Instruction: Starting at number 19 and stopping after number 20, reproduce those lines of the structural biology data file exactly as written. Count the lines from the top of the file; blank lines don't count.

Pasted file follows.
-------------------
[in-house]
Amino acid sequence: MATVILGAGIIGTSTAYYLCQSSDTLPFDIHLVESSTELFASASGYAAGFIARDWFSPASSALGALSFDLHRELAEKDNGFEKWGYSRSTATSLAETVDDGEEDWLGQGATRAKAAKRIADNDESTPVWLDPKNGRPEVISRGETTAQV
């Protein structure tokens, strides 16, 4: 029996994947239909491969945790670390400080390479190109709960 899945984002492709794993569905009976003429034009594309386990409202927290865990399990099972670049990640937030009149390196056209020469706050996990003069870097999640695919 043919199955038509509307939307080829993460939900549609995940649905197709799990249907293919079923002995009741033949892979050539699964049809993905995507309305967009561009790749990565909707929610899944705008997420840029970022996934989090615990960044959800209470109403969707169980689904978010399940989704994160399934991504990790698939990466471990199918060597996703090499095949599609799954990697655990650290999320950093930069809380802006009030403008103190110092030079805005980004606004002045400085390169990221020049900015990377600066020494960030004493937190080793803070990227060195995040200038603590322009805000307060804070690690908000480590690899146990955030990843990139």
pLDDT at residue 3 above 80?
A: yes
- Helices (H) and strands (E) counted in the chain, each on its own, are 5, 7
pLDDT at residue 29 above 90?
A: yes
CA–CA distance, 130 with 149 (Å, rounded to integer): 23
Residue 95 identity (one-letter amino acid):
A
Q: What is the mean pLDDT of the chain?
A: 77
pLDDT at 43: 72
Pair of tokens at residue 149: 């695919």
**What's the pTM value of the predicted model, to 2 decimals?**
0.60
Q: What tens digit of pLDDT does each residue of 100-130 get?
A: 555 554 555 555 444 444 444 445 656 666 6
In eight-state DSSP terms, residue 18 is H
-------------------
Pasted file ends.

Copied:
A: 555 554 555 555 444 444 444 445 656 666 6
In eight-state DSSP terms, residue 18 is H